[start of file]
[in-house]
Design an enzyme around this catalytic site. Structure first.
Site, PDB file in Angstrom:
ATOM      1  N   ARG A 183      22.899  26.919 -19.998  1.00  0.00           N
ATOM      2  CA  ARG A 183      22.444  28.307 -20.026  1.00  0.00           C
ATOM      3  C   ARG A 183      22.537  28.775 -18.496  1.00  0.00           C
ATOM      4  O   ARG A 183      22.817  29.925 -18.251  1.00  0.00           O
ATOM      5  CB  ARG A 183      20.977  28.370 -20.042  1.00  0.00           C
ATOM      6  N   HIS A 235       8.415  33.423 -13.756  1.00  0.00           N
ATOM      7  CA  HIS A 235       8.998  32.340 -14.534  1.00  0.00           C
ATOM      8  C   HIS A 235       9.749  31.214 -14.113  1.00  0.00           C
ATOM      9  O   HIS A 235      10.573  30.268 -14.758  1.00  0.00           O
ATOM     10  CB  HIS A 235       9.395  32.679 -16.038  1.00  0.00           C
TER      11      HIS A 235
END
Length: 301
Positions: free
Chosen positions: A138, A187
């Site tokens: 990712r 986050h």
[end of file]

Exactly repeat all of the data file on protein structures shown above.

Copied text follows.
[in-house]
Design an enzyme around this catalytic site. Structure first.
Site, PDB file in Angstrom:
ATOM      1  N   ARG A 183      22.899  26.919 -19.998  1.00  0.00           N
ATOM      2  CA  ARG A 183      22.444  28.307 -20.026  1.00  0.00           C
ATOM      3  C   ARG A 183      22.537  28.775 -18.496  1.00  0.00           C
ATOM      4  O   ARG A 183      22.817  29.925 -18.251  1.00  0.00           O
ATOM      5  CB  ARG A 183      20.977  28.370 -20.042  1.00  0.00           C
ATOM      6  N   HIS A 235       8.415  33.423 -13.756  1.00  0.00           N
ATOM      7  CA  HIS A 235       8.998  32.340 -14.534  1.00  0.00           C
ATOM      8  C   HIS A 235       9.749  31.214 -14.113  1.00  0.00           C
ATOM      9  O   HIS A 235      10.573  30.268 -14.758  1.00  0.00           O
ATOM     10  CB  HIS A 235       9.395  32.679 -16.038  1.00  0.00           C
TER      11      HIS A 235
END
Length: 301
Positions: free
Chosen positions: A138, A187
């Site tokens: 990712r 986050h």